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Connected Nation Texas’ State Program Director testifies before state lawmakers on bill to expand broadband services

State-level broadband best practices identified, shared with state House and Senate members

Austin, Texas (March 24, 2021) – State Senators are considering a bipartisan bill “relating to the expansion of broadband services to certain areas.” Senate Bill 5 was joint-authored by Senators Robert Nichols (R-Jacksonville), Kelly Hancock (R-North Richland Hills), Charles Perry (R-Lubbock), and Royce West (D-Dallas).

Members of the State Transportation Committee heard from almost two dozen witnesses on March 17 about the bill and the importance of broadband access. Jennifer Harris, State Program Director, Connected Nation Texas was among those providing expert testimony.

“Our statewide program, re-launched in mid-2019, is funded by the Texas Rural Funders, a coalition of funding organizations that works to bring additional attention and resources to rural Texas,” she explained about the statewide efforts of Connected Nation Texas, the state program of national nonprofit, Connected Nation. “We are engaged in broadband data collection—analysis (which includes public comment and field validation)—and broadband mapping. We are also leading community engagement and broadband planning initiatives in rural communities across the state. We serve as a neutral educational resource on broadband technologies, public policy initiatives, digital inclusion – and general broadband awareness.”

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Jennifer Harris, State Program Director, Connected Nation Texas provides expert testimony on broadband solutions during a Senate hearing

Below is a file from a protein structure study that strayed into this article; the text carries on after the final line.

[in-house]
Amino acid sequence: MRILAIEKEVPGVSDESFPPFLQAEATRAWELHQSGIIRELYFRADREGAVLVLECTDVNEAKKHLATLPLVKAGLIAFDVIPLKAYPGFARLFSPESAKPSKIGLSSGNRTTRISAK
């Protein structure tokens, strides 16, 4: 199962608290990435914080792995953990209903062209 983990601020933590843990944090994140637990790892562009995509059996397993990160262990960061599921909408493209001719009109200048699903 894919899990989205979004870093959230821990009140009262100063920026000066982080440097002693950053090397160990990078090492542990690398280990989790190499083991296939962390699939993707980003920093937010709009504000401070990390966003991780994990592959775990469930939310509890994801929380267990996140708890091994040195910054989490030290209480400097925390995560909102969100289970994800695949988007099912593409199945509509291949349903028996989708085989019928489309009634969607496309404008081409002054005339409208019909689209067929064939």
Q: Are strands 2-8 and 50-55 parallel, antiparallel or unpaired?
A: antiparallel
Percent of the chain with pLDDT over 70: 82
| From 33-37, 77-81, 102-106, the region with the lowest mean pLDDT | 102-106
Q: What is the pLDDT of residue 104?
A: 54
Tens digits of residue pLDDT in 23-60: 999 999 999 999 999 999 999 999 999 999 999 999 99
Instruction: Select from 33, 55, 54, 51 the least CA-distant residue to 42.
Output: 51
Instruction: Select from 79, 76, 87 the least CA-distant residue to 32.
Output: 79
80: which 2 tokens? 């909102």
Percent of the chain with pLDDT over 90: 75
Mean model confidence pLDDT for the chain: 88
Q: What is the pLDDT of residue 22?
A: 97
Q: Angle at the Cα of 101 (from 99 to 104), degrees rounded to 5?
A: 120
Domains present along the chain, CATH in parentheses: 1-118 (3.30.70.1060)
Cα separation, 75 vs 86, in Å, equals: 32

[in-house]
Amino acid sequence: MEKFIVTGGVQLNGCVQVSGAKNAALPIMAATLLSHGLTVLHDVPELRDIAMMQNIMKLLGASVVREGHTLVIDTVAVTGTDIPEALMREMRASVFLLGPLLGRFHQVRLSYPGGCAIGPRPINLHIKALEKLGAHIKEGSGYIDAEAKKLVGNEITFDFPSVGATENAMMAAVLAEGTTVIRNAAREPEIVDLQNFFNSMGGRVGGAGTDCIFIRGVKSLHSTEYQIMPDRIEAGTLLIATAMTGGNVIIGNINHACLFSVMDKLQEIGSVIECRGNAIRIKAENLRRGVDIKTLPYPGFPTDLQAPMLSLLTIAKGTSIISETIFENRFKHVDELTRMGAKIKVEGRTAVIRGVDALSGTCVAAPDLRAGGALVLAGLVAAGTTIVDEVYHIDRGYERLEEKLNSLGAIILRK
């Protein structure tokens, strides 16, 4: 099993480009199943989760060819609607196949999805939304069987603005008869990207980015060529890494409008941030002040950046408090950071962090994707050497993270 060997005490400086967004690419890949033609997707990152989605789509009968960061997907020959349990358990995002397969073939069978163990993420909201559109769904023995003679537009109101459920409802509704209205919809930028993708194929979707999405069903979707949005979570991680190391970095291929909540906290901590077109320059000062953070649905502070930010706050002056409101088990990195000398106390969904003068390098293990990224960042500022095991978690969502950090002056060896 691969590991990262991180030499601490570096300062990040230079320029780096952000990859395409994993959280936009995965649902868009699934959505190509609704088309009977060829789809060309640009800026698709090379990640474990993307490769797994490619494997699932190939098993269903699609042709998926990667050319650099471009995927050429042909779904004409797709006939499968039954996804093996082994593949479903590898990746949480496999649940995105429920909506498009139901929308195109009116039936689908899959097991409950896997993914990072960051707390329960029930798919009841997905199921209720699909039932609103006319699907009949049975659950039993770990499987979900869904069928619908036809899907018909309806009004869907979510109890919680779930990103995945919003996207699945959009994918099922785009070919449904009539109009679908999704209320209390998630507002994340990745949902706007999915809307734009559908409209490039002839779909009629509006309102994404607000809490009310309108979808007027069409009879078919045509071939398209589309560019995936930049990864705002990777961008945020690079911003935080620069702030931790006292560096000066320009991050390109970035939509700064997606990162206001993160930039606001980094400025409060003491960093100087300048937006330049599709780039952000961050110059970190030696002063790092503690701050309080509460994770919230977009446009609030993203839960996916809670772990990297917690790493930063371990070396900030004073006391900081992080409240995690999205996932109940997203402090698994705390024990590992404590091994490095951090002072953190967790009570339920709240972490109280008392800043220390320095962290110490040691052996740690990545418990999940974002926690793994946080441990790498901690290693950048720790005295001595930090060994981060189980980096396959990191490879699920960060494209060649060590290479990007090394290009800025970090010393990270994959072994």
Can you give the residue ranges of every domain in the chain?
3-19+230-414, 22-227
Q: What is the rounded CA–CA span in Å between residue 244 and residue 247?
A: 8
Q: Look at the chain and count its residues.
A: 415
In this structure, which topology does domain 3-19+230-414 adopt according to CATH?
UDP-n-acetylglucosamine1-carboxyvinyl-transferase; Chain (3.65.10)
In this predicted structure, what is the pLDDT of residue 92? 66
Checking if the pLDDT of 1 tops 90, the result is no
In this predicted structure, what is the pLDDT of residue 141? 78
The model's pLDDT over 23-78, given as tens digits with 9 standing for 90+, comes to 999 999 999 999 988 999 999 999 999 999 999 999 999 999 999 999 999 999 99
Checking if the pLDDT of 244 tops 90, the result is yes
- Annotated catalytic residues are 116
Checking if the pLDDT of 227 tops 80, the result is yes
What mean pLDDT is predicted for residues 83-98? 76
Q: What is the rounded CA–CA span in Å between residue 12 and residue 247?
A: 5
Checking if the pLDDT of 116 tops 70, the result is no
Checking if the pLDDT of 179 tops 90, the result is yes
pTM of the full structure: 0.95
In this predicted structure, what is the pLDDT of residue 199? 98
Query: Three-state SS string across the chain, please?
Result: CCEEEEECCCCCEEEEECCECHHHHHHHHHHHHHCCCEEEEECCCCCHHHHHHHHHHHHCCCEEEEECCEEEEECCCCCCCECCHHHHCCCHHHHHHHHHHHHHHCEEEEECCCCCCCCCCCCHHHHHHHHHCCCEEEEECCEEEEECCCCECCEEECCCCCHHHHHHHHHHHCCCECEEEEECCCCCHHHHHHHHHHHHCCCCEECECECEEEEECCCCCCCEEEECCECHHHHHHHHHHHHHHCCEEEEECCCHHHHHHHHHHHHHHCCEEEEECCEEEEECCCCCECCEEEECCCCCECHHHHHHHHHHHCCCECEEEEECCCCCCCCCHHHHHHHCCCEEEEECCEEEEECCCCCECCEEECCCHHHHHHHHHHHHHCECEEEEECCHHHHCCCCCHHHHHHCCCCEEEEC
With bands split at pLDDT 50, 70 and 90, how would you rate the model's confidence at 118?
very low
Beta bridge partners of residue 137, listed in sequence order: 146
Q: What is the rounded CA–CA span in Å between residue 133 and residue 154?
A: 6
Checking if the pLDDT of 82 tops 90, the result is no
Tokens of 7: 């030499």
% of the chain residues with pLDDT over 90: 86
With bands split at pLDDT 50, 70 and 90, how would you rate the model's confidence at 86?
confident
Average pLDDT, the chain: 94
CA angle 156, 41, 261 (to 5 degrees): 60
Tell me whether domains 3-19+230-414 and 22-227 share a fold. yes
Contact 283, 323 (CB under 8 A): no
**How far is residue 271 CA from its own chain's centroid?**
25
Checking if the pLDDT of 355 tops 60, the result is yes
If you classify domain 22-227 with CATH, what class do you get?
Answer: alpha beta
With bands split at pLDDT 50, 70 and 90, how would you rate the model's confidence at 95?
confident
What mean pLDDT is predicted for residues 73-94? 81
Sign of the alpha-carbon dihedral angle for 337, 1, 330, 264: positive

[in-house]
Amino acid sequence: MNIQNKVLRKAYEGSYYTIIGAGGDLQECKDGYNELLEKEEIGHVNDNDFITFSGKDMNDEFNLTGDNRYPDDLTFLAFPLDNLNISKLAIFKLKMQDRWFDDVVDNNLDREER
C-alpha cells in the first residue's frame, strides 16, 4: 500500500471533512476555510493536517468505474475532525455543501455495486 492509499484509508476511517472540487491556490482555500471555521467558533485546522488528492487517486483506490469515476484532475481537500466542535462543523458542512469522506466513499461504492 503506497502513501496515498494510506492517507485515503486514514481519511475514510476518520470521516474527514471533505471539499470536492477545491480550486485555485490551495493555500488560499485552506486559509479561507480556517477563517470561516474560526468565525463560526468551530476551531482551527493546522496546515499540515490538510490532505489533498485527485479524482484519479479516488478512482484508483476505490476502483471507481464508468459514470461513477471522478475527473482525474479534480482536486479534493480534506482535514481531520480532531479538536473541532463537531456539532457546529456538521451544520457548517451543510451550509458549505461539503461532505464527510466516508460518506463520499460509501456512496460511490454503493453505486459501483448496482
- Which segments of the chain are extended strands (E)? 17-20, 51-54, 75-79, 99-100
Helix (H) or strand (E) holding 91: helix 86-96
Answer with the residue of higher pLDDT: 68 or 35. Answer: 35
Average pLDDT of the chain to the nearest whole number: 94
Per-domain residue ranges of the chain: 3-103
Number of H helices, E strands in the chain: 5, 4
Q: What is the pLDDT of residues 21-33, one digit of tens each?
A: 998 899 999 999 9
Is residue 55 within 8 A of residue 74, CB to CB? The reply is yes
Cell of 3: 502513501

Harris went on to share some of the state-level broadband best practices identified by Connected Nation Texas to accelerate broadband expansion. Those include developing a state broadband plan, creating a dedicated state broadband office, providing state-level funding programs, and improving broadband coverage maps.

“Current FCC broadband data has proven to be so flawed that an overwhelming majority of states either have their own broadband mapping programs or participate in the NTIA’s National Broadband Availability Map,” said Harris. “States that have their own mapping programs have been able to gather and publish more granular data in a timely manner while also being able to verify collected data through on-the-ground verification. Granular, current, and validated data leads to improved research capabilities and overall better planning, program implementation, and targeted, responsible distribution of funds and resources.”

The Senators were given an opportunity to question Harris about the nonprofit’s work. Those questions included a focus on the importance of mapping and data analysis, connecting “the last mile” of infrastructure needs, and funding opportunities.  

“Do you help in the way of small counties maybe not having economic development for financing? Is that something you guys provide,” asked Sen. Perry “I know some foundations have indicated that they’re interested in being part of this work. But is that something you can do, can coordinate, or work with to find those sources?”

“We do work with those local communities to discover what opportunities are there for them,” Harris explained. “Connected Nation does not fund broadband. We don’t fund infrastructure, but we do work with communities to gather data and help them build plans, really think through their goals, and think through their priorities so that when money is available we know what money to look at—whether that’s from the federal government, a public-private partnership, whatever that may be—we just want them to have the best data.” 

You can read Harris’ prepared testimony by clicking here and watch the hearing by clicking here (Harris’ testimony begins at 46 minute).

A similar bill was introduced in the House by State Rep. Trent Ashby (R-Lufkin) and joint-authored by Reps. Charles “Doc” Anderson (R-Waco), Terry Canales (D-Edinburg), Chris Paddie (R-Marshall), and Four Price (R-Amarillo).  Harris also provided testimony before the House State Affairs Committee on March 18. House Bill 5 now has nearly 60 additional co-authors—Democrat and Republican—signed on in support of the legislation.